If it’s the former, it’s an unusually deft bit of plotting. In particular, it very subtly but effectively foreshadows The Scene by showing both Starsky’s deep compassion and supportiveness for Hutch, and Hutch’s total trust in and ability to be emotionally naked with Starsky (“I’m scared” he says, without any cover up). When these things (trust, love, compassion, strength/dependence) are echoed in The Scene (“how many years have we known each other, huh? You’re the best friend I got in the world…”), it has much more emotional credence and immediacy because this alley scene is fresh in our minds, I believe.

  28. Miche Says:

    What a treat to have this site to share thoughts and feelings that have been with me for 35+ years, and to know they will probably be understood. I found S&H as reruns in the early 80s. I would watch it as I fixed dinner for my family. I still remember the night I saw the Gillian eps. As I watched the scene where Hutch falls into Starsky’s arms crying, I was floored. Even after all these years, I still remember standing in the middle of the kitchen mesmerized & glued to the TV, it was an unforgettable moment. I don’t know if I put words to it back then but I remember falling in love with those two characters and their relationship. I had never seen two men express love so freely and intimately and it touched my heart forever. It was the most beautiful thing I had ever witnessed. It cracked my heart open in a new way.

    I only caught a show here and there as I had two young kids and did not have means to record back then. Twenty years later I again caught the reruns and became interested in seeing all the eps. I searched online and joined a S&H fandom for a couple of years. I learned a lot about the show and the two lead actors. I believe I managed to see all the eps on VHS tapes although they were many scenes deleted. I purchased the VHS tapes when they came out but the series was not complete. I also purchased through other fans many interviews on VHS that I later got rid of as life moved on, shucks… Fast-forward 20 more years and here I am, with a new-found appreciation for the show, and for DS and PMG.

    I experience a lot of nostalgia getting back into it and reading everyone’s comments here, it is so interesting. I am blown away by everyone’s eloquence and sincerity. I think the fact that DS and PMG are 74 years old this year tugs at the heartstrings. And maybe the fact that I am only 10 years younger hits home. So much life has happened for all of us. For me, learning more about each of them and seeing them together, especially in more informal interviews as in Comic Con this year… has deepened my appreciation for their roles as S&H and for them as human beings. Forty or even twenty years ago, I maybe did not see as deeply what I see today when I watch the show. There is so much love in their eyes, it is hypnotizing and heart-melting. It is undeniably hard to believe it could strictly be acting. When I see them together, it’s all there, the same way it’s all there in front of the camera. DS is the epitome of tenderness, that man has a big sensitive heart, and PMG is emotional and spiritual. I am not implying they are perfect, no one is. What these two men share, as did their characters, is in a league of its own. It is warm, affectionate, deeply loving, intimate and in my eyes, private. I can see why they have both expressed in the past the difficulty of putting into words what others call ‘their chemistry’. It is one of life’s blessings and great mysteries. We are blessed to witness all of it and to have the capacity to be touched by it in a unique way.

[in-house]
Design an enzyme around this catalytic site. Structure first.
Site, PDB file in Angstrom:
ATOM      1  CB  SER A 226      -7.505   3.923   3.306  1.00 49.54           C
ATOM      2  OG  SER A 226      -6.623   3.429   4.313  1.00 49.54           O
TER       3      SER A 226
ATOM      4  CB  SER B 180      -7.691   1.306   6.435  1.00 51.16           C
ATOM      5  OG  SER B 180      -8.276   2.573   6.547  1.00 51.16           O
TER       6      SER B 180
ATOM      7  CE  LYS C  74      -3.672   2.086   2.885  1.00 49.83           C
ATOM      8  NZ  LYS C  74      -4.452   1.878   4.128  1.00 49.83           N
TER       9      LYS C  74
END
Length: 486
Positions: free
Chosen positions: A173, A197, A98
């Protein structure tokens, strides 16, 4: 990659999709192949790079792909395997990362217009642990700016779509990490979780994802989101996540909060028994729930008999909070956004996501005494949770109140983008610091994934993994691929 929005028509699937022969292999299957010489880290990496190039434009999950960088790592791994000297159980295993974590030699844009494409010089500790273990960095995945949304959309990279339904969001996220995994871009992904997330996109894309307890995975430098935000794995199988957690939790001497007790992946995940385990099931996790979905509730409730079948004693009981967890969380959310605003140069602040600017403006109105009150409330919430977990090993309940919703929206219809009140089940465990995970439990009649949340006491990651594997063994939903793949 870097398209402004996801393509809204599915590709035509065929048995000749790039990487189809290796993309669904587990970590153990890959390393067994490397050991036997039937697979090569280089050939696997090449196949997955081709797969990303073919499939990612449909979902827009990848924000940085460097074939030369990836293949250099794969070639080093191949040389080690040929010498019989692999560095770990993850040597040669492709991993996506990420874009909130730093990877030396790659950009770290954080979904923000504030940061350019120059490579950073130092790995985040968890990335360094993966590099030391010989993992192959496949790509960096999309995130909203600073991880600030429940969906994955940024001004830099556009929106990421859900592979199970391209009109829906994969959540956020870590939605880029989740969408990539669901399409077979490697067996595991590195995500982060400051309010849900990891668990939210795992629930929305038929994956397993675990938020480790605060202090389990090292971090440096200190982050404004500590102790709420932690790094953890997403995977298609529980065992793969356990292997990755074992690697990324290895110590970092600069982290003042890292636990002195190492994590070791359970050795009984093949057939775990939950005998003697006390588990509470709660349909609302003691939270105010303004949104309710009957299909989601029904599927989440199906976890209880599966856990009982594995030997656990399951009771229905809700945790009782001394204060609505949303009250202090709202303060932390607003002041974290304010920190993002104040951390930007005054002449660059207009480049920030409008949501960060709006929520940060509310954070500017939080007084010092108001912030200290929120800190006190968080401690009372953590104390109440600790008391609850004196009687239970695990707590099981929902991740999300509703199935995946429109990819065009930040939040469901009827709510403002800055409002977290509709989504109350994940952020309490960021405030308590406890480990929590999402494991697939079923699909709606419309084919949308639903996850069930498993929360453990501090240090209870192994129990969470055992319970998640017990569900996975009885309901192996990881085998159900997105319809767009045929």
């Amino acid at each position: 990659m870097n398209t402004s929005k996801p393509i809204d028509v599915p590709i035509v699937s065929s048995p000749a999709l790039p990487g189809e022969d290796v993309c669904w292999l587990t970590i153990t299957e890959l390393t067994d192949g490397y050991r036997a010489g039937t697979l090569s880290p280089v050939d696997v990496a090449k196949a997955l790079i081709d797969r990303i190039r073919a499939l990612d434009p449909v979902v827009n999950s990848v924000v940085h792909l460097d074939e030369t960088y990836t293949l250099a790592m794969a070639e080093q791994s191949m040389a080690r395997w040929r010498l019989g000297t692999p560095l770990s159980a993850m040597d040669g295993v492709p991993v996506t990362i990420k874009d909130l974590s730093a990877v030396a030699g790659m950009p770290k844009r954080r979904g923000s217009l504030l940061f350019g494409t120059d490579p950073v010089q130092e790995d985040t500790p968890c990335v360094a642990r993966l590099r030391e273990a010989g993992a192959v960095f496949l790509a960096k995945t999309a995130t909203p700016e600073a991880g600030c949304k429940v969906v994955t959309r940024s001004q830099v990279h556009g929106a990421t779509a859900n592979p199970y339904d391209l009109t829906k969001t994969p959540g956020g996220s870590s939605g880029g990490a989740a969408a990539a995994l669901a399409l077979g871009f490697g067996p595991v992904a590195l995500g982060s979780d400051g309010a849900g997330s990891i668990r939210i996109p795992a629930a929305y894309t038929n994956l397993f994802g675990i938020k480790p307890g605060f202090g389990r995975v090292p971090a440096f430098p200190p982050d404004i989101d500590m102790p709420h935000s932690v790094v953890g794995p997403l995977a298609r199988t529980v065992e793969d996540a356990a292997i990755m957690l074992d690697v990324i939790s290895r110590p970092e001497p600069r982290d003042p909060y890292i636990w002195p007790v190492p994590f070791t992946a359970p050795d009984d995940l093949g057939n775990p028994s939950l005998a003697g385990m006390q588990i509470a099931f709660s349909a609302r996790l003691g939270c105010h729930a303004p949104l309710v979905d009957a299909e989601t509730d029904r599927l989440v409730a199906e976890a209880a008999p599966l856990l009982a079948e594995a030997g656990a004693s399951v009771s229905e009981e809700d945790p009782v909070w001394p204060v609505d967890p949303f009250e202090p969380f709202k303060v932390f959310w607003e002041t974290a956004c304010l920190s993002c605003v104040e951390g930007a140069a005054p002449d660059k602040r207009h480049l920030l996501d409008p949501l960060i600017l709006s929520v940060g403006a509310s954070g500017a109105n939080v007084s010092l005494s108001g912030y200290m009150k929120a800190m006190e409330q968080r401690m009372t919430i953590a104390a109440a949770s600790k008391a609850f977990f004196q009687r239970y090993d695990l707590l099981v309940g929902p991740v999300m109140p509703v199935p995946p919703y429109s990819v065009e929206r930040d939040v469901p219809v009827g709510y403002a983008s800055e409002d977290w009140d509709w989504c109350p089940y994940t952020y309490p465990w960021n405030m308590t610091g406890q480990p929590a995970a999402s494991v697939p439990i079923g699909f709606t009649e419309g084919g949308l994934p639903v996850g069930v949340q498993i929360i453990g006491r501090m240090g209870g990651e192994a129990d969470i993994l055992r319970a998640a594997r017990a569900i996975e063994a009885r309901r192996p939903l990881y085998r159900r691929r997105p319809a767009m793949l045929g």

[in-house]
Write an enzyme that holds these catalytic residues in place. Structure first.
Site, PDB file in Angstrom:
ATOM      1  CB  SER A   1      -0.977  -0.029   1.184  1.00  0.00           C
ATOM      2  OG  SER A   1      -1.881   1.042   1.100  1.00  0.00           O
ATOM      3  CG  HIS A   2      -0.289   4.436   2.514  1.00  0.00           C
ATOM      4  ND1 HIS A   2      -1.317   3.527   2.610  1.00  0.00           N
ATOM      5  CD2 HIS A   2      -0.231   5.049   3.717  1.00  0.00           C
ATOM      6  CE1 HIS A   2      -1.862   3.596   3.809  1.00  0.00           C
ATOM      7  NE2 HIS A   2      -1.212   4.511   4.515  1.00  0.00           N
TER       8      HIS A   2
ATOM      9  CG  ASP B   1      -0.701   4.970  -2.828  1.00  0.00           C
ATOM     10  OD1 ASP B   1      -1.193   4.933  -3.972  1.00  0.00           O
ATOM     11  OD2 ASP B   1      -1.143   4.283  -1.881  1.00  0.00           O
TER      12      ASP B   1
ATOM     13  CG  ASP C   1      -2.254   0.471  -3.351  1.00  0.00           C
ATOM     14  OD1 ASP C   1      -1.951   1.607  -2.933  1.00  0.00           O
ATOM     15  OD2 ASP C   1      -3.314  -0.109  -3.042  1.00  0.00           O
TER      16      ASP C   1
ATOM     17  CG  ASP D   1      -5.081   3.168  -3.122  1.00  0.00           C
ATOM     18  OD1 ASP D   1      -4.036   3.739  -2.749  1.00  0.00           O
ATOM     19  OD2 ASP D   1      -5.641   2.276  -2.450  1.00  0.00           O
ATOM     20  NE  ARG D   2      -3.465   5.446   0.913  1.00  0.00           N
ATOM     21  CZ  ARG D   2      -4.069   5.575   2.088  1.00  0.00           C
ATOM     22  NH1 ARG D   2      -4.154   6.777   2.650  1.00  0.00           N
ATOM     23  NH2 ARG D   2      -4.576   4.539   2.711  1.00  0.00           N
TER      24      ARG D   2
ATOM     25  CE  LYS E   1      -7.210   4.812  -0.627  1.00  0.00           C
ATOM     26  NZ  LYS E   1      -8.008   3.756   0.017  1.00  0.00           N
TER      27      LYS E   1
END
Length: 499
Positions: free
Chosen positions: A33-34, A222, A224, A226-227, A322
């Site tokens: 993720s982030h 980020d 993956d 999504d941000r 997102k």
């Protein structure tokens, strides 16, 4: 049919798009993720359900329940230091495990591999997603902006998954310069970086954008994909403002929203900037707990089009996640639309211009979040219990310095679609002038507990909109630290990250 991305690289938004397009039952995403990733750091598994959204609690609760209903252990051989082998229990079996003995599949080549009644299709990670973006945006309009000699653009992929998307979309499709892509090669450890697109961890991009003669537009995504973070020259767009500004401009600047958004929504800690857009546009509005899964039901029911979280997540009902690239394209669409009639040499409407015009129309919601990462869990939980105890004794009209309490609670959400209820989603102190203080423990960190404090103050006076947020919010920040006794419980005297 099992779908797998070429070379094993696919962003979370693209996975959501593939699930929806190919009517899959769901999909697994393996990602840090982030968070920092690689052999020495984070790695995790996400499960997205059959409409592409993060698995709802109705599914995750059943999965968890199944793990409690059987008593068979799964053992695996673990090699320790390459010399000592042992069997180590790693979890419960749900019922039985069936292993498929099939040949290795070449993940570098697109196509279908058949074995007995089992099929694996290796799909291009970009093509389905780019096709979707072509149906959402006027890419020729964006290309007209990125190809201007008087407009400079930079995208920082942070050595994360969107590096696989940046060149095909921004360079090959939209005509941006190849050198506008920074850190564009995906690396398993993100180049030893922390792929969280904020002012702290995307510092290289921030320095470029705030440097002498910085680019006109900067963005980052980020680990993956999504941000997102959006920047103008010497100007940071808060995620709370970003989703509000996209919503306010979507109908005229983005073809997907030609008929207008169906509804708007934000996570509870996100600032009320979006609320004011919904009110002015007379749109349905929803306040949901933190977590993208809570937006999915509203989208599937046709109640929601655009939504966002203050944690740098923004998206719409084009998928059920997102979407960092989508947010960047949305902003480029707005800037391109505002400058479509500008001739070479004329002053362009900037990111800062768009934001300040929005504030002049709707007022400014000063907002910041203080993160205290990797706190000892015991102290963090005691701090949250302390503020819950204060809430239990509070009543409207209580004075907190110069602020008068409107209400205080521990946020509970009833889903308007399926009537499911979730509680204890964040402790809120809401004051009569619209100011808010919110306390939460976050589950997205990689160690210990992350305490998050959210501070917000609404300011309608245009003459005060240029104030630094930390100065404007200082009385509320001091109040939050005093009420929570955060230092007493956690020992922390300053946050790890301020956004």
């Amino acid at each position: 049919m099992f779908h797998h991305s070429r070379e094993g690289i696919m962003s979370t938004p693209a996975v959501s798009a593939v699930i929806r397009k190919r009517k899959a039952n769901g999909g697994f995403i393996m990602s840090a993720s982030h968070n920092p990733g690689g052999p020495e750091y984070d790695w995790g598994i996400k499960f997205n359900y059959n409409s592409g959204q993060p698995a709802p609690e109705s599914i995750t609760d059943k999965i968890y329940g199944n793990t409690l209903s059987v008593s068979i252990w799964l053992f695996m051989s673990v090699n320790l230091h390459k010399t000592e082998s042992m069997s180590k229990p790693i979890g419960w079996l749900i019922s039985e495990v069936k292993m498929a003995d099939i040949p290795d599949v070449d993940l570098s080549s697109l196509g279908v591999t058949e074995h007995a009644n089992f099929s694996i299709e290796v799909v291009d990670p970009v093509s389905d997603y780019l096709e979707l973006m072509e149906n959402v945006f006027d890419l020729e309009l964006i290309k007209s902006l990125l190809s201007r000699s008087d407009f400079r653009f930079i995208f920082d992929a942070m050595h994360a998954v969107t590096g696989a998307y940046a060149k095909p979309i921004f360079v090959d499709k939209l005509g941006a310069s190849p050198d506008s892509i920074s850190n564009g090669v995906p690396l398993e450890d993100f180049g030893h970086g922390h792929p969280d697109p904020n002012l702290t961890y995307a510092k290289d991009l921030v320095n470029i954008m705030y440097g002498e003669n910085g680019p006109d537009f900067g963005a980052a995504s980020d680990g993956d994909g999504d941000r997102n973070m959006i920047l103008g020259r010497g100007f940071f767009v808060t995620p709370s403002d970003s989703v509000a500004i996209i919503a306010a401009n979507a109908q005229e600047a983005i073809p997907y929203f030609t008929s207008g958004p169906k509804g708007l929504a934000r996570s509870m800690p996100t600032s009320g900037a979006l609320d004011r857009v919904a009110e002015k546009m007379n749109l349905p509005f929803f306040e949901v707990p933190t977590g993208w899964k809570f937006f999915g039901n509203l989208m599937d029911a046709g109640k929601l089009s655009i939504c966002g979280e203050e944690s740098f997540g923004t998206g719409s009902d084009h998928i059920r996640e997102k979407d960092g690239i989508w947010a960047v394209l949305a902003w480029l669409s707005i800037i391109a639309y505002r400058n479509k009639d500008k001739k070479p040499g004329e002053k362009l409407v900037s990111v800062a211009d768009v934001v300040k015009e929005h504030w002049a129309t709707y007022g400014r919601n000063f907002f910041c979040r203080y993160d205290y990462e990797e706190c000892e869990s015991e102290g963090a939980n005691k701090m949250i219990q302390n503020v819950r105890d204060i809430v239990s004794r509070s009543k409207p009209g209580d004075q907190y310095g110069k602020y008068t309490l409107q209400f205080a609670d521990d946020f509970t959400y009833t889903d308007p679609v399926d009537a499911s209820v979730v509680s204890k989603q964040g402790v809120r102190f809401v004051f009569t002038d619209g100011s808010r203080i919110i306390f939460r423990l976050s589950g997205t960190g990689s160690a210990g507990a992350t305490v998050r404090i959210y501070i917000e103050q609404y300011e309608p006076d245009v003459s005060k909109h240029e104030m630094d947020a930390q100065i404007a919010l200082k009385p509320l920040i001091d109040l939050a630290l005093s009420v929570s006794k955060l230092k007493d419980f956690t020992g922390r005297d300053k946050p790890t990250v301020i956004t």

Merl, you rock! I don’t know if you are a serious writer in your every day life but you should be. There are many words I need to look up when I read your comments – my excuse is that I am French 🙂 – but even though the language is very rich, there is a deeper level underlying your words, it does not come across as a desire to be fancy, it is very touching and true. I’m thinking it is the deep love in your heart for the show and for life that we capture. So thank you for the gift.

  29. DRB Says:

    As is usual for me when reading any sort of series, I started in the middle of this blog and jumped forward and back so that practically everything is experienced “out of order.” (I do not do it intentionally.) That explains how the blog about Vanessa’s murder was so fresh in my mind while reading this entry. A reader suggested that Hutch was a battered husband after seeing Vanessa’s vicious clawing of Hutch’s hand. If that is true, then Starsky must know at least some of the situation because the marriage existed when he and Hutch became partners. The theory would certainly answer our questions about why Starsky is so protective. Seeing “the best friend I got in the whole world” through that trauma would naturally inspire Starsky to think almost any sacrifice is worth keeping pain away from Hutch. Mere money is a trifle when compared to guarding Hutch’s heart.